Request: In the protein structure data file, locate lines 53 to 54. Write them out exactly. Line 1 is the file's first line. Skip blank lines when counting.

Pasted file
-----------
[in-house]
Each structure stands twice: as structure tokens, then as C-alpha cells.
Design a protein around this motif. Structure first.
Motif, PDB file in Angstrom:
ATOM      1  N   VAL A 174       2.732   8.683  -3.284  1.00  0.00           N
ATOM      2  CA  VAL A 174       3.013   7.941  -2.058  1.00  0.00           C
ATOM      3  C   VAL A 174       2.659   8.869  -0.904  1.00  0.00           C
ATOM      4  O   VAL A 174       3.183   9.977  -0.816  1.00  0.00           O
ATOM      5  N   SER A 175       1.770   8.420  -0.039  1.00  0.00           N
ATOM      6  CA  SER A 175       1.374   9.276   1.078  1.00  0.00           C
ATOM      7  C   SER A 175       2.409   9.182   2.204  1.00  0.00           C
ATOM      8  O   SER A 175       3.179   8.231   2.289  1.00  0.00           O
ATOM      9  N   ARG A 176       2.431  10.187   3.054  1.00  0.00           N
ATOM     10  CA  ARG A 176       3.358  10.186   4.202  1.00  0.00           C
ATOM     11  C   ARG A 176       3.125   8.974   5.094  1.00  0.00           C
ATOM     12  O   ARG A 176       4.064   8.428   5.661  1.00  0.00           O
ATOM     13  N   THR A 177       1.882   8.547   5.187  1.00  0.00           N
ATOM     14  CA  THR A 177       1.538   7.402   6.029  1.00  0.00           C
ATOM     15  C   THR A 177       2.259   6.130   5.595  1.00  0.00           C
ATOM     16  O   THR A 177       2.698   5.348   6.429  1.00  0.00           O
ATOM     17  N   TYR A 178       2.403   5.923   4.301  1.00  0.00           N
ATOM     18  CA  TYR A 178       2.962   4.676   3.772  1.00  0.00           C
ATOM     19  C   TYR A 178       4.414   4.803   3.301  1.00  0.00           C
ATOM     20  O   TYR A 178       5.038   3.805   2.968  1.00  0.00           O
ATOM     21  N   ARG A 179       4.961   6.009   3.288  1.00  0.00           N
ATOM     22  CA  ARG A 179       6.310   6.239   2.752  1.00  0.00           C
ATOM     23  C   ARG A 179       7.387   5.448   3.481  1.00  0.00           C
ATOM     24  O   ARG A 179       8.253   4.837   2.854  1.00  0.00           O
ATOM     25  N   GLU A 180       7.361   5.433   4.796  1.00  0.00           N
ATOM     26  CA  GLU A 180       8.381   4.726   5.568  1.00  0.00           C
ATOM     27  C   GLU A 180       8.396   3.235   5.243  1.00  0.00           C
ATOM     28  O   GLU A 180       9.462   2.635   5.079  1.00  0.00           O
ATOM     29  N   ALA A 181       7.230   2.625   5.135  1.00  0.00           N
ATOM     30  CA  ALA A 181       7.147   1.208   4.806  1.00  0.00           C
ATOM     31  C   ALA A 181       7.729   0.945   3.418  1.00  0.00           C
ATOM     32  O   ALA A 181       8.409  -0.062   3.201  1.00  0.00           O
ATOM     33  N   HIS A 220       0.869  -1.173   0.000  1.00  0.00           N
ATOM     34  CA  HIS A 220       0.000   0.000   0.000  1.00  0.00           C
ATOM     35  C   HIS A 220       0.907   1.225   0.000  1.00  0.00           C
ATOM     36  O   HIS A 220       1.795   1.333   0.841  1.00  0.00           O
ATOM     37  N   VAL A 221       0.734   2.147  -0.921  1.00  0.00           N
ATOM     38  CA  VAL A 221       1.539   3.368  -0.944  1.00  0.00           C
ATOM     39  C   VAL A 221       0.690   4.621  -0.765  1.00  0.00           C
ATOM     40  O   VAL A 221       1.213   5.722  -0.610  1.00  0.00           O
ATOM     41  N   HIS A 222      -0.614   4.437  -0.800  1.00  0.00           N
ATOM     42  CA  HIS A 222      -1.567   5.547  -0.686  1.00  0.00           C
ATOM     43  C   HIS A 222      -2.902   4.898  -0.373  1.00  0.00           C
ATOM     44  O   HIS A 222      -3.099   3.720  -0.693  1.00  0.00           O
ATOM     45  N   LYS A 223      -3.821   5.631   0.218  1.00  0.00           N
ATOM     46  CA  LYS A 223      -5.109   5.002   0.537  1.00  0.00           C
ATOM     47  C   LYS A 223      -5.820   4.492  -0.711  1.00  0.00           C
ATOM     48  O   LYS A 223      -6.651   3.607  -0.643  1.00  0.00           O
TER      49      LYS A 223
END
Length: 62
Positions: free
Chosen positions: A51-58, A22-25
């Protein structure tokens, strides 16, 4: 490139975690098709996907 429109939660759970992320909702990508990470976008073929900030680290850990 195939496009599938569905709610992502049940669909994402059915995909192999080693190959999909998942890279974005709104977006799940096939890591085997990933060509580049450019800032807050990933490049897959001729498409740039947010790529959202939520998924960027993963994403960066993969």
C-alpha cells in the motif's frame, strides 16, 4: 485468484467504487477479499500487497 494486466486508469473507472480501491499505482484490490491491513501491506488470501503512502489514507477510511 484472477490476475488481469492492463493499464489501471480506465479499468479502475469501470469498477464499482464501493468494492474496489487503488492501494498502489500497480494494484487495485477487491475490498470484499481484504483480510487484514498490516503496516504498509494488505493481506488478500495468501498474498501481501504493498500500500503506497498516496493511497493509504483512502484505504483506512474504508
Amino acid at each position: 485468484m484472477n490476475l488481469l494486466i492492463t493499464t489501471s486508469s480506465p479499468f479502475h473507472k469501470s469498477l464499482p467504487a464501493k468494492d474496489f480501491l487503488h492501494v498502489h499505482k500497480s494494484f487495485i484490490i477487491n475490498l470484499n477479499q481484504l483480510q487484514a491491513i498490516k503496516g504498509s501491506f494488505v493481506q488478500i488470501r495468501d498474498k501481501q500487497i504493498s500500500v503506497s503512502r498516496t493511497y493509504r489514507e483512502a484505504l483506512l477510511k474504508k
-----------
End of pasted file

TER      49      LYS A 223
END